I’ll Be Gone in the Dark by Michelle McNamara

“You’ll be silent forever, and I’ll be gone in the dark.”

3/5 stars.
Hardcover, 328 pages.
Read from May 17th, 2018 to May 28th, 2018.

Why don’t I read more true crime novels? It is a question that I never thought to ask myself until now and even I don’t really have the answer to. I adore watching crime documentaries and programs so why not books? Michelle actually said it best:

“I love reading true crime, but I’ve always been aware of the fact that, as a reader, I am actively choosing to be a consumer of someone else’s tragedy. So like any responsible consumer, I try to be careful in the choices I make. I read only the best: writers who are dogged, insightful, and humane.”

This book became an overnight sensation as the author, Michelle NcNamara, passed away before completing it. In life, Michelle was married to Patton Oswalt, a famous comedian. Michelle’s abrupt and unexpected death hit Patton very hard. He decided to finish his wife’s obsession and life’s work with the help of a few others with the remaining data that Michelle had left.

If you had not heard of the Golden State Killer before the publication of this book, I am sure that you have now as this book has brought to light a cold case that has (had) evaded authorities for decades. The Golden State Killer paralyzed Northern Californa in the 70s and 80s by committing a suspected 50 rapes. He had a routine of breaking into peoples homes where they are supposed to feel safe and was not deterred if the woman’s partner was present, in fact, that seemed to become his preference later on. The Golden State Killer got his nickname, coined by the author later on, when he took his crimes to the southern part of the state and committed 12 spine-chilling rapes and murders.

Michelle became obsessed with tracking down the Golden State Killer. She interviewed and befriended detectives that had worked the case previously and scrupulously reviewed all previous evidence with the use of modern technology and the wonders of the internet.

“That summer I hunted the serial killer at night from my daughter’s playroom. For the most part I mimicked the bedtime routine of a normal person. Teeth brushed. Pajamas on. But after my husband and daughter fell asleep, I’d retreat to my makeshift workspace and boot up my laptop, that fifteen-inch-wide hatch of endless possibilities…”

This book, at least the sections that were written by Michelle herself, are about her journey and obsession to track down this horrible murderer and rapist. Michelle’s intrigue into crime came from an incident that happened in her own hometown and from there Michelle fell in love with true crime. Michelle talks about how strange it is to be obsessed with something so morbid and to try and escape the fear and hate that it creates when dealing with such horrific acts caused by a man.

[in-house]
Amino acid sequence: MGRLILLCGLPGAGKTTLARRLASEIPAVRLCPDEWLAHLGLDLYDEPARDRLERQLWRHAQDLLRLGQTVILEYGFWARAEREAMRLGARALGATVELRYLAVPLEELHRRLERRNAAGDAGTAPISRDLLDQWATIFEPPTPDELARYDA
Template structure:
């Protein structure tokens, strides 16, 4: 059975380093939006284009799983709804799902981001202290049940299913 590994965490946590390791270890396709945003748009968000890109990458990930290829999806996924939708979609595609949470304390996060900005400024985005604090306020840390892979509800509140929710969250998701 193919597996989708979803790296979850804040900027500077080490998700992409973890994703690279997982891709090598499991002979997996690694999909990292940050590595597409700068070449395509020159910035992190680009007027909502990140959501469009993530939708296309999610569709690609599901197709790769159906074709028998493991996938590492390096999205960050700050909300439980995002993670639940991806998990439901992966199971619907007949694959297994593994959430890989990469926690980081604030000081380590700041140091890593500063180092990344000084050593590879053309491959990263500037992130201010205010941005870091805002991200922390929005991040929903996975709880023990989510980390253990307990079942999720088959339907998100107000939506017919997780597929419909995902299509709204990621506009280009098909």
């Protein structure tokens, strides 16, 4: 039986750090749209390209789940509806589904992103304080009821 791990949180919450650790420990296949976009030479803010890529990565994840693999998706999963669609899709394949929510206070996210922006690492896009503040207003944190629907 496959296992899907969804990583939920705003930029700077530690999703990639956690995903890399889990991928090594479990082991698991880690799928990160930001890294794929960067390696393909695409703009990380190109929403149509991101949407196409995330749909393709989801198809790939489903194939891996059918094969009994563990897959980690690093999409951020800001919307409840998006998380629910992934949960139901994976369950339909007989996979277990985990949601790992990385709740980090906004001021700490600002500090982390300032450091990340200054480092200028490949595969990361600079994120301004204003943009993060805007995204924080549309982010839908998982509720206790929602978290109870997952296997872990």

“I love my husband. I hate men.”

The sections of the book that Michelle wrote are intimate, gripping and full of the talent and passion that she truly possessed. Had she been able to complete this book on her own I have no doubt that its literary merit along with its exquisitely detailed research would have landed Michelle an award. However, because she passed before finishing this book the story feels unfinished and disjointed. Incomplete. But perhaps it is best left that way.

Michelle’s efforts with this book helped bring new light to the Golden State Killer case and shortly after the book was published, Joeseph DeAngelo was arrested for the crimes.

“The Daily Beast was the first to report that DeAngelo was the suspect arrested after an interview with journalist Billy Jensen, who worked with researchers on a book about the crimes, I’ll Be Gone in the DarkThe book was written by Michelle McNamara, who died before it was published. It was finished by Jensen, researcher Paul Haynes, and McNamara’s husband, the comedian and actor Patton Oswalt.” – The Daily Beast – April 25, 2017

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Joeseph DeAngelo in court in Sacramento. Image credit The LA Times: https://lat.ms/2tvWy5I.

Michelle was using online ancestry websites to help try and find a DNA match. The police authorities were also using this method but not in the way you might think. They were using the websites the same way you or I would use them as they did not additional or special access to the databases. Companies who own these ancestry-type websites claim privacy laws won’t allow police to access their data for investigative purposes. Police authorities were able to connect Joseph DeAngelo to the case through the DNA of a relative on one of these ancestry websites.  Begging the question, should police have access to these types of DNA and ancestry websites for active investigations?

While I am disappointed with how unfinished this novel feels I am still glad to have read it as I am sure it will go down in true crime history. For those that are considering reading it, approach the book with the understanding that this is not the perfect novel that Michelle would have envisioned but appreciate the pieces of her that she left within in the novel and her admirable efforts to help track down and imprison this abominable killer.

Barney’s Version by Mordecai Richler

“In a nutshell, I am not unaware of my failings. Neither am I a stranger to irony.”

4/5 stars.
ebook, 379 pages.
Read from May 11, 2018 to May 17, 2018.

Forget The Apprenticeship of Duddy Kravitz this is the novel that Richler should be best known for.